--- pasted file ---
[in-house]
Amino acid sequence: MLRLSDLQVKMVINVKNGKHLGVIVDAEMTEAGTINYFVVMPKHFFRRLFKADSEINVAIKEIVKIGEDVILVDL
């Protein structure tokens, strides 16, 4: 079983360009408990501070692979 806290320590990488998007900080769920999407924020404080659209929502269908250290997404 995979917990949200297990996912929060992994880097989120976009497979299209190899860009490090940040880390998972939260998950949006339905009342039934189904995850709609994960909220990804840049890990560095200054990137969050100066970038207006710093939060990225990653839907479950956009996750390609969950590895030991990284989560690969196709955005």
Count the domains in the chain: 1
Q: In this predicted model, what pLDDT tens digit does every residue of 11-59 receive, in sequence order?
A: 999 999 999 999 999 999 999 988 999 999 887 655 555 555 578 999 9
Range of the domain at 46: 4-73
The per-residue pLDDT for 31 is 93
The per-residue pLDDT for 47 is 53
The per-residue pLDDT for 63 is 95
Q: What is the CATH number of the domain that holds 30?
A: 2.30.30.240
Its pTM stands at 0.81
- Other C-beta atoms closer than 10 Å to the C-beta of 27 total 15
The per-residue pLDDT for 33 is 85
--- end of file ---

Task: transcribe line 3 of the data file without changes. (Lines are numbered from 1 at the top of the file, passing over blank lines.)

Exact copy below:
């Protein structure tokens, strides 16, 4: 079983360009408990501070692979 806290320590990488998007900080769920999407924020404080659209929502269908250290997404 995979917990949200297990996912929060992994880097989120976009497979299209190899860009490090940040880390998972939260998950949006339905009342039934189904995850709609994960909220990804840049890990560095200054990137969050100066970038207006710093939060990225990653839907479950956009996750390609969950590895030991990284989560690969196709955005």